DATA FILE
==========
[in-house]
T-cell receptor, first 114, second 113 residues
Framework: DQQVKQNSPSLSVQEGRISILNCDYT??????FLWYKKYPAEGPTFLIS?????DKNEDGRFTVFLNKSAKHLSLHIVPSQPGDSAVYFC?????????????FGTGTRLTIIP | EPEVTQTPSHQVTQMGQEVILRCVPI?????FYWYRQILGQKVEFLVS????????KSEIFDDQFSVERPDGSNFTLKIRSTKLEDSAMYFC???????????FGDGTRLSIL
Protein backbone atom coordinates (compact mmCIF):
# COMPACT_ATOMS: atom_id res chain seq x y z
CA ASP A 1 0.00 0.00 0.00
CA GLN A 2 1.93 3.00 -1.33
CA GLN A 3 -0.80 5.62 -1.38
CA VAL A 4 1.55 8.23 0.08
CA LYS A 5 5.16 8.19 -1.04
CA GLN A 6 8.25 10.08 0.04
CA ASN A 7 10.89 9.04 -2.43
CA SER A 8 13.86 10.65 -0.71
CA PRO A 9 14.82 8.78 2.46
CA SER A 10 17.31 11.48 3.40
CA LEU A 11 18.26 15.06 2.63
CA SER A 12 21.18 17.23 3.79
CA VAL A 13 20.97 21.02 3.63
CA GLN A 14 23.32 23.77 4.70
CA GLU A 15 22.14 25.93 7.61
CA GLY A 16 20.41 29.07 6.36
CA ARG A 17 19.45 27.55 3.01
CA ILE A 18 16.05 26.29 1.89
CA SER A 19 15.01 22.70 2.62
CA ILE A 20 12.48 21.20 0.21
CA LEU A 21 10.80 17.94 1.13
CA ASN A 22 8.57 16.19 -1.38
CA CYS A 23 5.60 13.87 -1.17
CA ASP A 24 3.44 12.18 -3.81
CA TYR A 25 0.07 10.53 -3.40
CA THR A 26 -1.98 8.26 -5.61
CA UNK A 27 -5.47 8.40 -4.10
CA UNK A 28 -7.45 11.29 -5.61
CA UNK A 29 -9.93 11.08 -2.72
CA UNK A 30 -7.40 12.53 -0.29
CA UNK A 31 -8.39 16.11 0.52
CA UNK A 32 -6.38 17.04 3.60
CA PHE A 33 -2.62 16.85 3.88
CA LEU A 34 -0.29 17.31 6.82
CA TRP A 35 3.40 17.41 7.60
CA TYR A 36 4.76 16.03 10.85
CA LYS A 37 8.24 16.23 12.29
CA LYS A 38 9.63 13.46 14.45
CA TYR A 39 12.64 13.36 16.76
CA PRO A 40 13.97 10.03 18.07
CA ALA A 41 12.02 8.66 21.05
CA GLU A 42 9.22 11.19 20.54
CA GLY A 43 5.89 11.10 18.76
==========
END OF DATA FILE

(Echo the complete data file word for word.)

[in-house]
T-cell receptor, first 114, second 113 residues
Framework: DQQVKQNSPSLSVQEGRISILNCDYT??????FLWYKKYPAEGPTFLIS?????DKNEDGRFTVFLNKSAKHLSLHIVPSQPGDSAVYFC?????????????FGTGTRLTIIP | EPEVTQTPSHQVTQMGQEVILRCVPI?????FYWYRQILGQKVEFLVS????????KSEIFDDQFSVERPDGSNFTLKIRSTKLEDSAMYFC???????????FGDGTRLSIL
Protein backbone atom coordinates (compact mmCIF):
# COMPACT_ATOMS: atom_id res chain seq x y z
CA ASP A 1 0.00 0.00 0.00
CA GLN A 2 1.93 3.00 -1.33
CA GLN A 3 -0.80 5.62 -1.38
CA VAL A 4 1.55 8.23 0.08
CA LYS A 5 5.16 8.19 -1.04
CA GLN A 6 8.25 10.08 0.04
CA ASN A 7 10.89 9.04 -2.43
CA SER A 8 13.86 10.65 -0.71
CA PRO A 9 14.82 8.78 2.46
CA SER A 10 17.31 11.48 3.40
CA LEU A 11 18.26 15.06 2.63
CA SER A 12 21.18 17.23 3.79
CA VAL A 13 20.97 21.02 3.63
CA GLN A 14 23.32 23.77 4.70
CA GLU A 15 22.14 25.93 7.61
CA GLY A 16 20.41 29.07 6.36
CA ARG A 17 19.45 27.55 3.01
CA ILE A 18 16.05 26.29 1.89
CA SER A 19 15.01 22.70 2.62
CA ILE A 20 12.48 21.20 0.21
CA LEU A 21 10.80 17.94 1.13
CA ASN A 22 8.57 16.19 -1.38
CA CYS A 23 5.60 13.87 -1.17
CA ASP A 24 3.44 12.18 -3.81
CA TYR A 25 0.07 10.53 -3.40
CA THR A 26 -1.98 8.26 -5.61
CA UNK A 27 -5.47 8.40 -4.10
CA UNK A 28 -7.45 11.29 -5.61
CA UNK A 29 -9.93 11.08 -2.72
CA UNK A 30 -7.40 12.53 -0.29
CA UNK A 31 -8.39 16.11 0.52
CA UNK A 32 -6.38 17.04 3.60
CA PHE A 33 -2.62 16.85 3.88
CA LEU A 34 -0.29 17.31 6.82
CA TRP A 35 3.40 17.41 7.60
CA TYR A 36 4.76 16.03 10.85
CA LYS A 37 8.24 16.23 12.29
CA LYS A 38 9.63 13.46 14.45
CA TYR A 39 12.64 13.36 16.76
CA PRO A 40 13.97 10.03 18.07
CA ALA A 41 12.02 8.66 21.05
CA GLU A 42 9.22 11.19 20.54
CA GLY A 43 5.89 11.10 18.76